How the US’s Policy Response to Eating Disorders Leaves Communities Hungry for More

Emma Dewhurst is a staff writer for Brief Policy Perspectives and a first-year MPP student.

With summer rapidly approaching and warmer weather on the horizon, health, wellness, and beauty industries have already launched ads evoking the elusive “perfect beach body.” Commercials and social media posts promising that their product will get you “bikini ready” inundate society like clockwork every spring. They conjure up images of perceived beauty standards and increase body dissatisfaction, create eating disorders, and encourage the use of extreme dieting tactics to lose weight. At least 30 million individuals in America, or approximately 9% of the population, are diagnosed with an eating disorder. As one of the deadliest mental health disorders, second only to opioid use disorder, this disease transcends across all ages, genders, and communities and kills over 10,200 people in the US per year. A health crisis of this magnitude should elicit a prompt and comprehensive policy response from the federal and state governments, but both have proved slow to pass policies regarding eating disorders. In fact, it took until 2016 for the federal government to finally address this issue. Because of the financial gain realized by its promoters, diet culture is here to stay. It is up to legislators to help protect consumers from its deadly grips. 

State Legislation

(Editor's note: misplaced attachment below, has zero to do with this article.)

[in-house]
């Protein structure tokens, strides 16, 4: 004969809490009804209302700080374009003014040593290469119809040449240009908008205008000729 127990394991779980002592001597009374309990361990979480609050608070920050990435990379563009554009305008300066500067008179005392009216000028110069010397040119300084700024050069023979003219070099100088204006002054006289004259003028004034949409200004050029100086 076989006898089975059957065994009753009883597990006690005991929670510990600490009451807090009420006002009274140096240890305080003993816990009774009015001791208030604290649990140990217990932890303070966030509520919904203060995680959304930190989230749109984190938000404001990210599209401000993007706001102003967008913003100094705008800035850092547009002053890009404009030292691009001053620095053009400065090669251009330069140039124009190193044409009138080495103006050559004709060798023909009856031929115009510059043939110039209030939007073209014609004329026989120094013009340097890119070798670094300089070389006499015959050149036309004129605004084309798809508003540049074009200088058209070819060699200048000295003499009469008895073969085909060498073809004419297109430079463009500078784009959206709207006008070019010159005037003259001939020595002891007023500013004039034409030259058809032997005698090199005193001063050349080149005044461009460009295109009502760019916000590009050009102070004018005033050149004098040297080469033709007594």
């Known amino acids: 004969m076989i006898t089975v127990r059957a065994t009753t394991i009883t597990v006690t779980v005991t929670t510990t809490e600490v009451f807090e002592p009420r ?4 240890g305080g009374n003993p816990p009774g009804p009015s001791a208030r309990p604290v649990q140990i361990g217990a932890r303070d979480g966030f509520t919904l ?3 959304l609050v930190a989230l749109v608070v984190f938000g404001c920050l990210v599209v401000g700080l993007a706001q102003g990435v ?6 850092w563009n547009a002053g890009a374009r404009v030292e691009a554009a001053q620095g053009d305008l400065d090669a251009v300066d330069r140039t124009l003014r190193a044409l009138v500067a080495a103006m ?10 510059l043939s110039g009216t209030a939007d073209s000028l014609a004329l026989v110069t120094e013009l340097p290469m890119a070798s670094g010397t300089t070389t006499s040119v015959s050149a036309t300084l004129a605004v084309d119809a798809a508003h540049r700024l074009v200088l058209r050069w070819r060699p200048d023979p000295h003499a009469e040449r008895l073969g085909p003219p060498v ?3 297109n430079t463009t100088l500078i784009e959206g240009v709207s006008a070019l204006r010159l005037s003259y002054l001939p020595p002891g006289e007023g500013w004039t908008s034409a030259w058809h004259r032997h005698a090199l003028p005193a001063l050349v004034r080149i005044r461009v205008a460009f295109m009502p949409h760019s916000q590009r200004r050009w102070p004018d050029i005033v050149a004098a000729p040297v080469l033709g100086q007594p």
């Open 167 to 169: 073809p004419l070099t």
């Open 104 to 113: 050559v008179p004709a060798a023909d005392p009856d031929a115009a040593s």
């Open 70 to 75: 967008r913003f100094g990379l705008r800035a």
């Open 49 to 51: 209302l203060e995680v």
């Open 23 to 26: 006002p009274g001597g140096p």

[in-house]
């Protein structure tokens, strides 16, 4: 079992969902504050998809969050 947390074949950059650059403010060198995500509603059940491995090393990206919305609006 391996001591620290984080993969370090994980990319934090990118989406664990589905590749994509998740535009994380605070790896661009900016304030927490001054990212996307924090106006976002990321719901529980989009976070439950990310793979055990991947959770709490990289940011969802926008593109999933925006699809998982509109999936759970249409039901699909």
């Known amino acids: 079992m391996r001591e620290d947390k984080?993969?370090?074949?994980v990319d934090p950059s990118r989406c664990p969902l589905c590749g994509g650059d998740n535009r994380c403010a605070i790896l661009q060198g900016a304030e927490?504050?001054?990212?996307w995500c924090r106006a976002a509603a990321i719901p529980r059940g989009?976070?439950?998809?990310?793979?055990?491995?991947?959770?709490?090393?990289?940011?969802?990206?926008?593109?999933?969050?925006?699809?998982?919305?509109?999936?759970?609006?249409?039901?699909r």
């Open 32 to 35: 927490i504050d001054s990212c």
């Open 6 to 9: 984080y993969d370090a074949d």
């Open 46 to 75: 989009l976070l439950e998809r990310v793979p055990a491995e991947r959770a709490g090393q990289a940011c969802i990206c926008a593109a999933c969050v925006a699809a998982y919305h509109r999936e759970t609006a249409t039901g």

State policies aimed at protecting consumers from the effects of diet culture utilize a variety of government tools such as finestax incentives, and public awareness campaigns. Introduced in 2015, Massachusetts’s H.4783 aims to prohibit the sale of diet pills to minors and punishes its violation by retail establishments with a $2,000 fine. Six years later, as of January 2021, this bill remains in the Joint Committee on Health Care Financing. New YorkIllinois, and California are among states who have filed similar bills restricting the sale of diet supplements. However, as state legislatures give their full attention to COVID-19 response, none of these bills have made it through the legislative process. In lieu of a punitive response, Massachusetts’s state legislatures also introduced HD.3421, which incentivizes businesses with a tax credit if they use untouched and unaltered images of models. Finally, Kentucky passed its first eating disorder legislation in 2019, establishing the Kentucky Eating Disorder Council. This formal council in Kentucky’s state legislature works to curb eating disorders by overseeing the development and implementation of disordered eating awareness and assisting with research projects aimed to develop policy. Bills that aim to increase knowledge of and incentivize responses to eating disorders have received little push back. Conversely, bills that impose fines have received opposition, with opponents maintaining that such regulations will negatively impact businesses and stifle economic growth.